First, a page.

If I must, I would broadly categorise recreational players as players who have not received proper training in table tennis from young, and even if they engaged coaches during their adulthood, they have not achieved the same consistency as someone who has trained properly since young. Anyway I have never rejected playing with any 5T players before(save for 1 uncle I misinterpreted as unwilling to play with me), pips-out or inverted. Please don’t make it sound like I have some ulterior motive to join 5T. Wink


dryvuuu wrote:
If my "few hours of LP playing surely do not succinctly show that LP does not have a certain advantage/disadvantage" then the same can be said about your belief on "The choice to use pips in the first place almost guarantees an advantage over most recreational players most of the time." We do not have any proof or statistical facts or any research study to suggest so. At least I'd tried to experience on the practical side of it before & I want to add that I'd also used both inverted to play against pips out. I have a conclusion which you may not agree with & I think you know the answer already. lol

I don’t think it’s fair for you to compare your few hours of playing with the LP, an isolated incident, with my belief on the advantage of pips-out rubber on most recreational players, a notion I’ve acquired over the years after witnessing many players expressing their fears of pips-out (ngwoonlam included) and my own school coach advocating it and using it to certain success before.

Statistically, I dare claim the inverted rubber is the most popular rubber in the world today. Thus it’s more about how likely it is you’re going to meet an inverted rubber or a pips-out rubber user nowadays. The fact that the 5T group only plays on weekday mornings shows that its demographic is highly skewed. I bring this up again because I believe the main advantage stems from the fact that most recreational players play against inverted more than pips-out. Thus it creates a sense of unfamiliarity and often fear when they meet a pips-out user. That’s all. Happy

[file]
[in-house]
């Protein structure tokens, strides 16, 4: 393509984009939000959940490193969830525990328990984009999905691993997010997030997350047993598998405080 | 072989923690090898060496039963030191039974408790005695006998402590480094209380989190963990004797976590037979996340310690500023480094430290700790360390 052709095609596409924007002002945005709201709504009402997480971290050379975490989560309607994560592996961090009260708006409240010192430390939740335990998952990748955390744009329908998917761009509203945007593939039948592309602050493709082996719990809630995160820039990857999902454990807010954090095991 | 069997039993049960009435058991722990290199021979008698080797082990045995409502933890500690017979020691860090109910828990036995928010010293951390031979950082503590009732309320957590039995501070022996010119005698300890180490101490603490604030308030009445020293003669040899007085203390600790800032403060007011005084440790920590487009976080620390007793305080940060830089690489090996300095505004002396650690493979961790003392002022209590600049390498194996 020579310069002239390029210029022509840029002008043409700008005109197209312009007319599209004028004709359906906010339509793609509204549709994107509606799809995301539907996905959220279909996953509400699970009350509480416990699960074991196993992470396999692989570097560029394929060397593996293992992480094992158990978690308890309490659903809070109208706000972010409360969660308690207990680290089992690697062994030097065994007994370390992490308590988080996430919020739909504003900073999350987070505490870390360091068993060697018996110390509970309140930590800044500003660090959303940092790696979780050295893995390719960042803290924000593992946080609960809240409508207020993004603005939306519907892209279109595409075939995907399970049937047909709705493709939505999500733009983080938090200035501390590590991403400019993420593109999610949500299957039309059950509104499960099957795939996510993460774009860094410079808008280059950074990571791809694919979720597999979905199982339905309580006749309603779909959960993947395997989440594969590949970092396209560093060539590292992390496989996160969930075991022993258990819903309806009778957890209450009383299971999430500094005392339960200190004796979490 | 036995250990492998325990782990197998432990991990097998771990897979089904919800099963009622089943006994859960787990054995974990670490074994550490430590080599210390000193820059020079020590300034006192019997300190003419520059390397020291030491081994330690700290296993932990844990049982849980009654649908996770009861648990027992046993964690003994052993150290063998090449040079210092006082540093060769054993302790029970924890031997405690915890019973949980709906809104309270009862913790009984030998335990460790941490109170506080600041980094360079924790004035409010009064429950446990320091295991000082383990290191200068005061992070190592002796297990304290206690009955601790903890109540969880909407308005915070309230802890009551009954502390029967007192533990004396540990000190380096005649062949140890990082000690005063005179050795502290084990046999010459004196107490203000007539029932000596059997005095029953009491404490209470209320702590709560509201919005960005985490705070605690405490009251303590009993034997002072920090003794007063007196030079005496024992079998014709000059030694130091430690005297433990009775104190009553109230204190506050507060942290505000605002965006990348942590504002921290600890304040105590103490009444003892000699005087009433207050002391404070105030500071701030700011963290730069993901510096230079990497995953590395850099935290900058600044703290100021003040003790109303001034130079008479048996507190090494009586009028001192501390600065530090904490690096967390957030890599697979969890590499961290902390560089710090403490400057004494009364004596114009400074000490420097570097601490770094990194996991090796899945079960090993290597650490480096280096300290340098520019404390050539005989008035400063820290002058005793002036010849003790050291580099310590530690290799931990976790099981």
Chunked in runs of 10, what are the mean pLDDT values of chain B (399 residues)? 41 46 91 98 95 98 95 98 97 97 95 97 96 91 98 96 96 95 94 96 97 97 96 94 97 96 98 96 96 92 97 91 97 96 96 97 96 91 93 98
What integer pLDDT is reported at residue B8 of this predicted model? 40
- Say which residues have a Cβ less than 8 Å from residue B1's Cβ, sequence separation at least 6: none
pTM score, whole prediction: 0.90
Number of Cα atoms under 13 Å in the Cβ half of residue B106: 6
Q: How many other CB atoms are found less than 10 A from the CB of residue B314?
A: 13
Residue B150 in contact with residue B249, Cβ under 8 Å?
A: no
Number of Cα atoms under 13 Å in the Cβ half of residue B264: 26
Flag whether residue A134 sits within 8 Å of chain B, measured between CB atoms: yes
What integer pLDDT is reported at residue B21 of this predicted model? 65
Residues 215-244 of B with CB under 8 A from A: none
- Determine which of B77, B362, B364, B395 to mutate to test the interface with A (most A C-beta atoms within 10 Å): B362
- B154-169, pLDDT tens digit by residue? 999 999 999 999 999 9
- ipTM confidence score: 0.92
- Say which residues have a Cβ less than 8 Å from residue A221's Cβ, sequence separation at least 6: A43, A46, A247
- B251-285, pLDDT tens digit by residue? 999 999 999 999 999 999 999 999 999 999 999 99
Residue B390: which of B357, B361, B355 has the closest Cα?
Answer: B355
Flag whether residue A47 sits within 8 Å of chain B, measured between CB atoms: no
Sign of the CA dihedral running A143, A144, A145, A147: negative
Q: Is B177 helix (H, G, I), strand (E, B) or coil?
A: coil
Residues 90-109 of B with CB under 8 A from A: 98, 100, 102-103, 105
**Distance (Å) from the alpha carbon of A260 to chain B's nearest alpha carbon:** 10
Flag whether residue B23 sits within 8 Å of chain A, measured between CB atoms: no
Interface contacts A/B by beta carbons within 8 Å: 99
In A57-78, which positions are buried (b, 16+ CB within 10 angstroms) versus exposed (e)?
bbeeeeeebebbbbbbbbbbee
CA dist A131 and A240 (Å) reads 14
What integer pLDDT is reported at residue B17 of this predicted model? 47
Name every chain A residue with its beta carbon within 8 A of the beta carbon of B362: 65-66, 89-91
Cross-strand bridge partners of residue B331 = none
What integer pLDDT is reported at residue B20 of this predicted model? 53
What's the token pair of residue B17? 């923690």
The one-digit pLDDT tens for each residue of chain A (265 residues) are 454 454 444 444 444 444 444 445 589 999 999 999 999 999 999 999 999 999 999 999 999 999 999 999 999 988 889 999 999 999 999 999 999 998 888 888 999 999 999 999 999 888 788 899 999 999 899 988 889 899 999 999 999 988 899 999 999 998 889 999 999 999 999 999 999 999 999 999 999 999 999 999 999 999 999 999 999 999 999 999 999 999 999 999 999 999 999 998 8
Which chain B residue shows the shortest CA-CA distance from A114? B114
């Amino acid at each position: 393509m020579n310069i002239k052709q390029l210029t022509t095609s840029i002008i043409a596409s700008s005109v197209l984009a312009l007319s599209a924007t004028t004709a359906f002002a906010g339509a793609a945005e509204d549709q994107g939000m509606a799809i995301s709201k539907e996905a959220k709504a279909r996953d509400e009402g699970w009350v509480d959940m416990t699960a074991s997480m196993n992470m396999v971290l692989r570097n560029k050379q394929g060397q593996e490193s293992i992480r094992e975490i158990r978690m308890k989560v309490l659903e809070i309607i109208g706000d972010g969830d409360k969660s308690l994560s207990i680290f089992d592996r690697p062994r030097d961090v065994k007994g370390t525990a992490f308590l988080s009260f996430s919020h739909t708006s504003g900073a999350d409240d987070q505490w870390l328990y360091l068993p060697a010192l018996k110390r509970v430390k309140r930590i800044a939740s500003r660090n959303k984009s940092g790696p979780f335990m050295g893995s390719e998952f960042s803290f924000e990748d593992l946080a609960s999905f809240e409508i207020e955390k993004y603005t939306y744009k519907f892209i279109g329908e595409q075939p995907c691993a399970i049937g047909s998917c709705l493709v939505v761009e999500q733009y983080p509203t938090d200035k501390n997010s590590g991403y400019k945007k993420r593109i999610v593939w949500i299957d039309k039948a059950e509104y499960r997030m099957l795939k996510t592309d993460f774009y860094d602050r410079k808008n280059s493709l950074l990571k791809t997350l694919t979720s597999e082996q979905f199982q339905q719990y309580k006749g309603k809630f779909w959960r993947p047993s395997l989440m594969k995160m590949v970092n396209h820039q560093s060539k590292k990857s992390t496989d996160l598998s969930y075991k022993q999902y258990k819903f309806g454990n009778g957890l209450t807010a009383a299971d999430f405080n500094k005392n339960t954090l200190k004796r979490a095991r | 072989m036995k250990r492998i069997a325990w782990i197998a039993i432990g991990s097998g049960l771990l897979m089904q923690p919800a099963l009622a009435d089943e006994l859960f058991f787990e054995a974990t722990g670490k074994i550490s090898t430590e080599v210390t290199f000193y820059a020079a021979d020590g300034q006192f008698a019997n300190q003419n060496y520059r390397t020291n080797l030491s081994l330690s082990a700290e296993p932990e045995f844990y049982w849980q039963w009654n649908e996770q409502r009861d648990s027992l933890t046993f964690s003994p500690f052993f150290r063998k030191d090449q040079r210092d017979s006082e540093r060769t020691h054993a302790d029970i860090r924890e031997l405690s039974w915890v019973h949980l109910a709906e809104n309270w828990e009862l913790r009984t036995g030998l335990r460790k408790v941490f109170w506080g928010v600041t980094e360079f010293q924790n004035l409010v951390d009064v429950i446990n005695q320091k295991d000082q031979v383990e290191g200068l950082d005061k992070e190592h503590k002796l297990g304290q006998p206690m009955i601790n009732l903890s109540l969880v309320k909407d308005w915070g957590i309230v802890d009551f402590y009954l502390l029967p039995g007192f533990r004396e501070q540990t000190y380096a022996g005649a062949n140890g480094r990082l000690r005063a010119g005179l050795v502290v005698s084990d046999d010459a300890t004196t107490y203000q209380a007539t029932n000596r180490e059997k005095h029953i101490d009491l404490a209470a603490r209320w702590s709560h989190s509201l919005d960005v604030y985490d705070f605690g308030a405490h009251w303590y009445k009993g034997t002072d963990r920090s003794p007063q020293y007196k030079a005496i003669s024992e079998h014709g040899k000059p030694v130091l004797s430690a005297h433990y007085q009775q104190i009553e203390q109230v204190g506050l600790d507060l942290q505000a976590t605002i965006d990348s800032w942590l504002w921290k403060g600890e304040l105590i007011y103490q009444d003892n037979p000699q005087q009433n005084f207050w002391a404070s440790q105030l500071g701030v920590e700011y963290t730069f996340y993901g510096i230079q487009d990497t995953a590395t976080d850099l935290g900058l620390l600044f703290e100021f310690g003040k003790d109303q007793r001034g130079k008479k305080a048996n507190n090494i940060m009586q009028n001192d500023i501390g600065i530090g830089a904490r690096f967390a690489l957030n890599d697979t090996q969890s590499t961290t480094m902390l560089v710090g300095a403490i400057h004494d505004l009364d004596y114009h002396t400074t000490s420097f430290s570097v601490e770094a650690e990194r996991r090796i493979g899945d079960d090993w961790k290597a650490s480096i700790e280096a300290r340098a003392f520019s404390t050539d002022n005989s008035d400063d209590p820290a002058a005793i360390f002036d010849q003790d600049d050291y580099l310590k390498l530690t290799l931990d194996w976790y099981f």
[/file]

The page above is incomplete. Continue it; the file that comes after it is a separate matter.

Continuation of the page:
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20 Re: A fool's review about Table Tennis on Wed Feb 08, 2012 8:17 am

dryvuuu

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Yeevel wrote:I appreciate your engagement very much as well. But what made you pass off my intentions as passing negative feelings to fellow players regarding pips-out? I am merely expressing my views on pips-out players and why I feel they’d want to have a piece of pips-out on their bat. They are just as able to express their disagreement just as you have. I have also twice acknowledged that pips-out rubbers also have weaknesses, and that I encourage players to discover these weaknesses and exploit them.

You have already acknowledged the fear of playing against pips-out rubbers many times in your previous post. My question to you is: Why is there a fear of playing pips-out rubber in the first place? Your argument is based on the assumption that there is less fear when laying against inverted rubber, is it not? The advantage arises not simply because of the physical effects it has on the ball but the psychological fear it instils in people.
In post #15, I did mention about the involvement of psychology hence the 'fear'. No fear jus do it! I guess you're not a big fan of No Fear & Nike brands aren't you? tongue

To be honest I don't fear any rubber. The rubber alone can't do anything. If you approach a match or even practice session with fear then you can't play or perform normally. It's certainly not the best approach.

I acknowledged that some players have the fear of playing against pips out but I don't support the notion that players should fear pips out & these rubbers have 'advantage' over inverted. If you must but not recommended then fear the players' skills not the rubber (any rubber). Any 'advantage' that you may have is because of the combination of many factors, the player's skill, the rubber, the blade, the strategy, mental strength, etc etc.